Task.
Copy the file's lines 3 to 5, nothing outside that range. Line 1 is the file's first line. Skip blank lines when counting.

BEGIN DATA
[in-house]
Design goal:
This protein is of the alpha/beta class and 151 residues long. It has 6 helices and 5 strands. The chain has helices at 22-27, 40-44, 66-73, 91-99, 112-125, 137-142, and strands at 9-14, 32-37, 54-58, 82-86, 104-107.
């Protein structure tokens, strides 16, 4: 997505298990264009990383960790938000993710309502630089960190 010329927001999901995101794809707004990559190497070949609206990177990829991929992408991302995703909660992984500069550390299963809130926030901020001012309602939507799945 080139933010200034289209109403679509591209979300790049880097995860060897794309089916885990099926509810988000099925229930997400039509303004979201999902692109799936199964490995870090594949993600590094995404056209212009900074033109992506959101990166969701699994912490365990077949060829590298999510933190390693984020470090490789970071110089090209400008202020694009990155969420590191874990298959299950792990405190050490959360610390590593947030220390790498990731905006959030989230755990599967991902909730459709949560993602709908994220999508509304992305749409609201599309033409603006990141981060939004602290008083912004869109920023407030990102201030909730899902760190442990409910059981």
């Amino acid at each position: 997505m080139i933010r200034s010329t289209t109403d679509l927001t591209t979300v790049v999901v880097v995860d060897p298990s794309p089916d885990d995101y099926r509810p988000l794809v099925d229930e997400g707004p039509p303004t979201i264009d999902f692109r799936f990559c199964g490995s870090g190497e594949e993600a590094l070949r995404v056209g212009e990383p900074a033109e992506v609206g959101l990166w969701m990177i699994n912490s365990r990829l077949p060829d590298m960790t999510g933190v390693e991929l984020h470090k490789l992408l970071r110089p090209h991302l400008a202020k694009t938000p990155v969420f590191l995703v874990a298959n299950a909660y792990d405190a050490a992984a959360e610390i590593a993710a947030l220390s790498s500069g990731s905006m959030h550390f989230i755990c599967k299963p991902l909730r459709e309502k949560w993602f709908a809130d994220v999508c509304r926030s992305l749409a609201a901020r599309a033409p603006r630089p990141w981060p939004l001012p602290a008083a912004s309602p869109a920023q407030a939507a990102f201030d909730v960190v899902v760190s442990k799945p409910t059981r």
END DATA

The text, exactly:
This protein is of the alpha/beta class and 151 residues long. It has 6 helices and 5 strands. The chain has helices at 22-27, 40-44, 66-73, 91-99, 112-125, 137-142, and strands at 9-14, 32-37, 54-58, 82-86, 104-107.
């Protein structure tokens, strides 16, 4: 997505298990264009990383960790938000993710309502630089960190 010329927001999901995101794809707004990559190497070949609206990177990829991929992408991302995703909660992984500069550390299963809130926030901020001012309602939507799945 080139933010200034289209109403679509591209979300790049880097995860060897794309089916885990099926509810988000099925229930997400039509303004979201999902692109799936199964490995870090594949993600590094995404056209212009900074033109992506959101990166969701699994912490365990077949060829590298999510933190390693984020470090490789970071110089090209400008202020694009990155969420590191874990298959299950792990405190050490959360610390590593947030220390790498990731905006959030989230755990599967991902909730459709949560993602709908994220999508509304992305749409609201599309033409603006990141981060939004602290008083912004869109920023407030990102201030909730899902760190442990409910059981």
């Amino acid at each position: 997505m080139i933010r200034s010329t289209t109403d679509l927001t591209t979300v790049v999901v880097v995860d060897p298990s794309p089916d885990d995101y099926r509810p988000l794809v099925d229930e997400g707004p039509p303004t979201i264009d999902f692109r799936f990559c199964g490995s870090g190497e594949e993600a590094l070949r995404v056209g212009e990383p900074a033109e992506v609206g959101l990166w969701m990177i699994n912490s365990r990829l077949p060829d590298m960790t999510g933190v390693e991929l984020h470090k490789l992408l970071r110089p090209h991302l400008a202020k694009t938000p990155v969420f590191l995703v874990a298959n299950a909660y792990d405190a050490a992984a959360e610390i590593a993710a947030l220390s790498s500069g990731s905006m959030h550390f989230i755990c599967k299963p991902l909730r459709e309502k949560w993602f709908a809130d994220v999508c509304r926030s992305l749409a609201a901020r599309a033409p603006r630089p990141w981060p939004l001012p602290a008083a912004s309602p869109a920023q407030a939507a990102f201030d909730v960190v899902v760190s442990k799945p409910t059981r």